Constitutive equations in fluid mechanics


#1

Constitutive equations describe the behaviour of a material subjected to certain loading conditions.

Constitutive equations in fluid mechanics:

Surface stresses (\sigma) on an element arise from a combination of viscous friction and pressure p which are described by the constitutive relations:

\sigma_{xx} = -p + \lambda \nabla \cdot \mathbf{v} + 2\mu \frac{\partial u }{\partial x} , \quad \sigma_{xy} = \mu \left(\frac{\partial u}{\partial y} + \frac{\partial v}{\partial x} \right)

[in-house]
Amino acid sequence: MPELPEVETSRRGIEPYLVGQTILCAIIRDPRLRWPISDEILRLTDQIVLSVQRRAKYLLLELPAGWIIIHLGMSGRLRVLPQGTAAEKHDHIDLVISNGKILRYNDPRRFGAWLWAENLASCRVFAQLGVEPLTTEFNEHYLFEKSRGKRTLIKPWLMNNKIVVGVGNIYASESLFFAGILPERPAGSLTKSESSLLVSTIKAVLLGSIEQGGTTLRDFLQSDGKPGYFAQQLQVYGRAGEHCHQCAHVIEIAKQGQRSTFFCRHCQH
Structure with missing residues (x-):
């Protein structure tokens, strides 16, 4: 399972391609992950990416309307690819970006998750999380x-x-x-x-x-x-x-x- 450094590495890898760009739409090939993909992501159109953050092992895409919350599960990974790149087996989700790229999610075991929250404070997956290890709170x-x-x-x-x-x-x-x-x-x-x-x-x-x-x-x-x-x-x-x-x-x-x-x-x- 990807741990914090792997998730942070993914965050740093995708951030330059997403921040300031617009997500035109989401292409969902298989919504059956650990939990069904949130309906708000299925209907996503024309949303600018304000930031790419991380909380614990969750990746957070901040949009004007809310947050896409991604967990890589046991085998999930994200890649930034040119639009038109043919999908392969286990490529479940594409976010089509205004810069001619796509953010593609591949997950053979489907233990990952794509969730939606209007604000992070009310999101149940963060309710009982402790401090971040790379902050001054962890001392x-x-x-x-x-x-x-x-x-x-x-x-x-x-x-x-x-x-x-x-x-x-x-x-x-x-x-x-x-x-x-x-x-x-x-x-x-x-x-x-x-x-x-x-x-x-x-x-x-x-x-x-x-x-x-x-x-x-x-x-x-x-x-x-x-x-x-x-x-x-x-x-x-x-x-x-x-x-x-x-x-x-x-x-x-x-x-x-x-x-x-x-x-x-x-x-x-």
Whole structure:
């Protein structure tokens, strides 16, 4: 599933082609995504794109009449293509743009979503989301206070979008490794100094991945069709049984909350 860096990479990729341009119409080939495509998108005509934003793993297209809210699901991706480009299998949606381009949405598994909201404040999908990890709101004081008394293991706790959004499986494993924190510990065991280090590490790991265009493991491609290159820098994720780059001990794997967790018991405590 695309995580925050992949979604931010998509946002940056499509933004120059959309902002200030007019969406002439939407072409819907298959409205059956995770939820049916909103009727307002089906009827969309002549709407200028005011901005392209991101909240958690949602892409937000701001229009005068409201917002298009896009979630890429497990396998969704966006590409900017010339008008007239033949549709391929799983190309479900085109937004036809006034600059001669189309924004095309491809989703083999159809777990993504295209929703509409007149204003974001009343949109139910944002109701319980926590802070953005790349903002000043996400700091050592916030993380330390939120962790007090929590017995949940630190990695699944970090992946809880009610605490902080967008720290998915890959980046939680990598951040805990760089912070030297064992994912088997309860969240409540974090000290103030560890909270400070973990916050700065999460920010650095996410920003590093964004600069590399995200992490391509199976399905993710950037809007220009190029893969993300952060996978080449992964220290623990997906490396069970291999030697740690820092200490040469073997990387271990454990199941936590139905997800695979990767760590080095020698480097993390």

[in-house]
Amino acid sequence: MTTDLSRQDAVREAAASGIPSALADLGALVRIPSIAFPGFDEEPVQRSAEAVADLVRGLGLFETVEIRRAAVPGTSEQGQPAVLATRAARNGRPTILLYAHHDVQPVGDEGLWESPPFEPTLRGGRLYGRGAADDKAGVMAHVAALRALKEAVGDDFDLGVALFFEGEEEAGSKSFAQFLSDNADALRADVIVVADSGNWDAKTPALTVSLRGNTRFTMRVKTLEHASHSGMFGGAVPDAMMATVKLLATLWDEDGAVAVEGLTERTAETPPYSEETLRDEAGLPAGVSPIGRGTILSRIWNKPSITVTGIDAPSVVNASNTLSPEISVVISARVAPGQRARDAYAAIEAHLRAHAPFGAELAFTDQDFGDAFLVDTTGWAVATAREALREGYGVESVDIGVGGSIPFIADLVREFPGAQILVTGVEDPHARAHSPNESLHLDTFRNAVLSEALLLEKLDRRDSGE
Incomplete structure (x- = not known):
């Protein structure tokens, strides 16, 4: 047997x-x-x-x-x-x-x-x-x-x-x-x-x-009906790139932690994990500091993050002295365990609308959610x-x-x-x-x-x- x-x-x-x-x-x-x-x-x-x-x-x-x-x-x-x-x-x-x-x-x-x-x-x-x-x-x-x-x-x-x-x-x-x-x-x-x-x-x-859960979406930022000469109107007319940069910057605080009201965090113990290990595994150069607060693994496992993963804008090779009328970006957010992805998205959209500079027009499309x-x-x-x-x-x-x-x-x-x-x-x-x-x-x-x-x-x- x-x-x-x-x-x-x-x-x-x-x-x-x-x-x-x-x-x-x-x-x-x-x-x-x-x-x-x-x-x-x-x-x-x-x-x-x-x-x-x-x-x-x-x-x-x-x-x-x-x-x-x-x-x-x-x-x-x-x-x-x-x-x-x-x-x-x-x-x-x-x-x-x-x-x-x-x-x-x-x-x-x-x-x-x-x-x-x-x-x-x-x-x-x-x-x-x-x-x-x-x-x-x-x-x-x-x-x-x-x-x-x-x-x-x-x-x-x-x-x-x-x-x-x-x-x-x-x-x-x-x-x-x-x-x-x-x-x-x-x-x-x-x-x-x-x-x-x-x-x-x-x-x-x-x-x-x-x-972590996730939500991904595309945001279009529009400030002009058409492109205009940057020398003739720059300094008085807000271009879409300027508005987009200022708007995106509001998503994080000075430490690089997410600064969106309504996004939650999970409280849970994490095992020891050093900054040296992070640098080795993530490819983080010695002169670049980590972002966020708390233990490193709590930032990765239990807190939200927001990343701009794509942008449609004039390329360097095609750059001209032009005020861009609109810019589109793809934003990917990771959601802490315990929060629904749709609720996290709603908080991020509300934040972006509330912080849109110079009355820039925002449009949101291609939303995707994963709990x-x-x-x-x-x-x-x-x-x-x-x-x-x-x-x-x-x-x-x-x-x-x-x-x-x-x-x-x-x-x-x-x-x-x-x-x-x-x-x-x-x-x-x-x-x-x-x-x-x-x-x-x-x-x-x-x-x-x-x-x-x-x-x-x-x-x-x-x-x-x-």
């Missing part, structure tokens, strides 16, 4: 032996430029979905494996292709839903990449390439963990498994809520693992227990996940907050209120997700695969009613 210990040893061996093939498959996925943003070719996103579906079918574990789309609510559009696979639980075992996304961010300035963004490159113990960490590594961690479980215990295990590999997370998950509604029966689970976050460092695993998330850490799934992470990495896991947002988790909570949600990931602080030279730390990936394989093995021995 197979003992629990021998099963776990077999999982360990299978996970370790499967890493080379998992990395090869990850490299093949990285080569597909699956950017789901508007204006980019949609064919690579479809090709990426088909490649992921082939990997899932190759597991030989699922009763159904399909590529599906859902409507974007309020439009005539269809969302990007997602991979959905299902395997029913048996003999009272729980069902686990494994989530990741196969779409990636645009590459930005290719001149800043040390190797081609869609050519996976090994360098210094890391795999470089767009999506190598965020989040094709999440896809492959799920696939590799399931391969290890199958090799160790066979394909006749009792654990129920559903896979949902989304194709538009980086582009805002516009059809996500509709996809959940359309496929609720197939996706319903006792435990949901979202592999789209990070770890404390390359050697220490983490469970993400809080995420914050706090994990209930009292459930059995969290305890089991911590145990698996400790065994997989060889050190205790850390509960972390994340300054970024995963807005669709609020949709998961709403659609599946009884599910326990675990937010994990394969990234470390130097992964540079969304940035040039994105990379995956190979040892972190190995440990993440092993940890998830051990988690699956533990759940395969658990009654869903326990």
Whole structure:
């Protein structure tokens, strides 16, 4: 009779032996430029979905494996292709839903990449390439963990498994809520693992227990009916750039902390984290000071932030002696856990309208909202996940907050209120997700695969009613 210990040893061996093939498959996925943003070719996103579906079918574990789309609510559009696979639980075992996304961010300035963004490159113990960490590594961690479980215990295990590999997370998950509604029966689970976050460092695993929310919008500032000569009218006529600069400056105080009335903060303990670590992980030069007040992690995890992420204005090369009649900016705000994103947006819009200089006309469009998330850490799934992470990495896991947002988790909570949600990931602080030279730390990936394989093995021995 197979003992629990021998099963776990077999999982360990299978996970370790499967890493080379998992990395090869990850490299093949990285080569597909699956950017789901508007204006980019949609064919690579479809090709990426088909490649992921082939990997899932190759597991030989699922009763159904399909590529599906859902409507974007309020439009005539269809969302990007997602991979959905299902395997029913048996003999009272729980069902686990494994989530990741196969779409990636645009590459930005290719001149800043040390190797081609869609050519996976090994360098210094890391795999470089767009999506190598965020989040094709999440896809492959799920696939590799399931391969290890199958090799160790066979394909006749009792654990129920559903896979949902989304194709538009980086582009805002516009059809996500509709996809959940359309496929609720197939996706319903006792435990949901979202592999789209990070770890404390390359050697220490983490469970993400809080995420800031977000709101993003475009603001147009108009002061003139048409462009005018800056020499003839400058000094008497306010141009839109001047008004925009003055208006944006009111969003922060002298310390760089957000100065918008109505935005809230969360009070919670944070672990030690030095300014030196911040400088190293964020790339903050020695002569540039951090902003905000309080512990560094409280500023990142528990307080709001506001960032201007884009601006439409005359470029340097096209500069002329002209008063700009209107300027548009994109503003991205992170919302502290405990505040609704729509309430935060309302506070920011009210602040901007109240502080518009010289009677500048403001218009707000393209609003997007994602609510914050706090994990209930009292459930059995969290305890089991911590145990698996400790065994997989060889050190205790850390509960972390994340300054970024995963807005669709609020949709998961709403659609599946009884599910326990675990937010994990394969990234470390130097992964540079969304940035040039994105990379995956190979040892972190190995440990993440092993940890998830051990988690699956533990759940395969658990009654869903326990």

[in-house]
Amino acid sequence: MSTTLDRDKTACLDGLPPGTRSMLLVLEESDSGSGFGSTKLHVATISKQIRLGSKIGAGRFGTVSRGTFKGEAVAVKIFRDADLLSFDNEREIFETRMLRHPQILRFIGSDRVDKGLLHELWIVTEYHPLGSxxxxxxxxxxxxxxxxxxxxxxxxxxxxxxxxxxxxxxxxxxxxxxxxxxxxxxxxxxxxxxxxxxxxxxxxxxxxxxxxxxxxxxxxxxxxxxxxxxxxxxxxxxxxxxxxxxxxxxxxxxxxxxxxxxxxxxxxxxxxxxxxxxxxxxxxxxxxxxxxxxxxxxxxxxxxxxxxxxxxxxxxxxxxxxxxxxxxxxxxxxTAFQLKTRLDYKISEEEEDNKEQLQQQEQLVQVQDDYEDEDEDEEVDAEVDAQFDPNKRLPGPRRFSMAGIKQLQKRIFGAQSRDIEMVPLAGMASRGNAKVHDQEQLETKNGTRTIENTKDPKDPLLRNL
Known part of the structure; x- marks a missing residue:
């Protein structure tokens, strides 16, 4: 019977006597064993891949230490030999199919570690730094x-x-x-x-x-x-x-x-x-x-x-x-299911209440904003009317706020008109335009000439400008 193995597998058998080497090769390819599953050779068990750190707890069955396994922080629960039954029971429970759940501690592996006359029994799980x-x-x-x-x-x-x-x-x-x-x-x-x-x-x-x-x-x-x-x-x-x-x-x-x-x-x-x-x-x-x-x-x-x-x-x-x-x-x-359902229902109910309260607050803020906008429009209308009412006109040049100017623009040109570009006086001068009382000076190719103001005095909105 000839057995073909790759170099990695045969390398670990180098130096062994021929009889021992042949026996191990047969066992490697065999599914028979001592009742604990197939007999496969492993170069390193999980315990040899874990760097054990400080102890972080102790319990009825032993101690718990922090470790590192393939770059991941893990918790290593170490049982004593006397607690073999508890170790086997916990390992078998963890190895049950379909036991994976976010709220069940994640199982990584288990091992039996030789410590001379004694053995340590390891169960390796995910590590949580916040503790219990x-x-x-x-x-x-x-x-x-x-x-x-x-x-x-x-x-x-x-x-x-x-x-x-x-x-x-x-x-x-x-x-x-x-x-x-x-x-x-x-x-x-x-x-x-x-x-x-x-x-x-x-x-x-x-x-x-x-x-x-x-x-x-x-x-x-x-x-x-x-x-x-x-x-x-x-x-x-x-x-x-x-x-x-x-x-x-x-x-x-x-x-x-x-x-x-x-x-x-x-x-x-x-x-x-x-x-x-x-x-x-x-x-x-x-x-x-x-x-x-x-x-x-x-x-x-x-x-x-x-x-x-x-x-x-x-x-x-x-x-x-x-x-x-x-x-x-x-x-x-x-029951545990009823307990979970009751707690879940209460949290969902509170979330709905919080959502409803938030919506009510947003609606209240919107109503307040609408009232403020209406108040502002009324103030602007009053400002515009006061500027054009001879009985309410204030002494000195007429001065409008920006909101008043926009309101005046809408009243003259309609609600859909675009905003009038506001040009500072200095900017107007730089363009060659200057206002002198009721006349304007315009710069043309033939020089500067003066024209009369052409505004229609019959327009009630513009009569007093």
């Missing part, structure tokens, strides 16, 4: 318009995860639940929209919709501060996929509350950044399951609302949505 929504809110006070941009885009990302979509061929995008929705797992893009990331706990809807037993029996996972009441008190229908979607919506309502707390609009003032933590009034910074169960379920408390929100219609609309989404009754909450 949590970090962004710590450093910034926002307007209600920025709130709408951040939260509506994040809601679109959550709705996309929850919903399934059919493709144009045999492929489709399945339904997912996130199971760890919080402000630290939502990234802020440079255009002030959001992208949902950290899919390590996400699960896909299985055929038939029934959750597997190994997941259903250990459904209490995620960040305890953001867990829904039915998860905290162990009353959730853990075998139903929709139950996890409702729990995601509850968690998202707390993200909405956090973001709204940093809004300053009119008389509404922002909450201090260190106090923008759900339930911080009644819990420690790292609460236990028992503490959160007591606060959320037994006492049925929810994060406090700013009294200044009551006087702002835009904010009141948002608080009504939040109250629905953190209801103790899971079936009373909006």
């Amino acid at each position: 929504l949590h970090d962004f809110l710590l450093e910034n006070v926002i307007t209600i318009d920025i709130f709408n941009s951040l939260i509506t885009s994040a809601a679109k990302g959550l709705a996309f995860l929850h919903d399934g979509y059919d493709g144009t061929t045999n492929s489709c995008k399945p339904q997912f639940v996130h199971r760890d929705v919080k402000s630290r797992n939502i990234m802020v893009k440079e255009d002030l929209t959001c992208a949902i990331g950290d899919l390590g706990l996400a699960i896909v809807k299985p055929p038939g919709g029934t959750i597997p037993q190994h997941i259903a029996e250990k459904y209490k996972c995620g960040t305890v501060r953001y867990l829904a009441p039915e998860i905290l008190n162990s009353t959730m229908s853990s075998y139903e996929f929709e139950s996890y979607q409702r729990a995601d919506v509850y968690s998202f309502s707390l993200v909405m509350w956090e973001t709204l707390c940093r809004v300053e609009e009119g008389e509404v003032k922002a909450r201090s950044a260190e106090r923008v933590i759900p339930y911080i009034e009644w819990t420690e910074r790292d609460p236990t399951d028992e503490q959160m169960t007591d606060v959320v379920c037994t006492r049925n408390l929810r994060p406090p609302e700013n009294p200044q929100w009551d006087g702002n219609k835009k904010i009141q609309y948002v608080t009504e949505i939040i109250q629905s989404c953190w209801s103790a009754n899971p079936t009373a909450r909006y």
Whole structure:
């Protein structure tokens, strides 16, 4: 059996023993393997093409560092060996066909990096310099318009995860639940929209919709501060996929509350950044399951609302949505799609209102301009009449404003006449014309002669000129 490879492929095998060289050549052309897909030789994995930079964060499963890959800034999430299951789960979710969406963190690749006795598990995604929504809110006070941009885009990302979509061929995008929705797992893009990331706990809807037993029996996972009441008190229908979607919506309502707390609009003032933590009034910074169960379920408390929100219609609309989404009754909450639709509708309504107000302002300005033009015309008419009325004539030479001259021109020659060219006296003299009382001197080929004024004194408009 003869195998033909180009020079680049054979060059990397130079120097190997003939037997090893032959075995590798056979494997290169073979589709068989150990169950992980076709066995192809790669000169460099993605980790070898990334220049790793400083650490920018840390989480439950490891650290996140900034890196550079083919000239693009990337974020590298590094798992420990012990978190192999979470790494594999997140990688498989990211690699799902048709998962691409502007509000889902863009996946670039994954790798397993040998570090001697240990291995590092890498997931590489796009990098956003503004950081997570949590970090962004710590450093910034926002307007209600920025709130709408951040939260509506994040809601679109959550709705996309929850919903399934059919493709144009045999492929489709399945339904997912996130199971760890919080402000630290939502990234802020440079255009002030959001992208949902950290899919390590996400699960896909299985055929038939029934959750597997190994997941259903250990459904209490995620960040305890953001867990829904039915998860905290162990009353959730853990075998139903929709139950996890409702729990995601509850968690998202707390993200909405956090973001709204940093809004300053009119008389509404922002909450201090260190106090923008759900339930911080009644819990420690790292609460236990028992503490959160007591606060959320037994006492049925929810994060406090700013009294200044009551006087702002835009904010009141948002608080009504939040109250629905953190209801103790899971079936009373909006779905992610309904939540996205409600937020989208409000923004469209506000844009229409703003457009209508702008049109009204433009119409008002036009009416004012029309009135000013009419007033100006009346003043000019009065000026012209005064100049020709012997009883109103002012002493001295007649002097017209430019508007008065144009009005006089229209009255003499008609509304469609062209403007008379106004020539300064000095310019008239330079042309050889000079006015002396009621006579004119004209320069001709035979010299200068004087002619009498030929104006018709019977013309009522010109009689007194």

\sigma_{yy} = -p + \lambda \nabla \cdot \mathbf{v} + 2\mu \frac{\partial v}{\partial y} , \quad \sigma_{yz} = \mu \left(\frac{\partial v}{\partial z} + \frac{\partial w}{\partial y} \right)
\sigma_{zz} = -p + \lambda \nabla \cdot \mathbf{v} + 2\mu \frac{\partial w}{\partial z} , \quad \sigma_{xz} = \mu \left(\frac{\partial u}{\partial y} + \frac{\partial w}{\partial x} \right)

where \mu and \lambda are the coefficients of dynamic and bulk viscosity respectively.

The expressions given above assumes that the relationship between stress and velocity gradients is

  • isotropic (properties of the fluid have no preferred direction)

  • linear (valid for Newtonian fluids)


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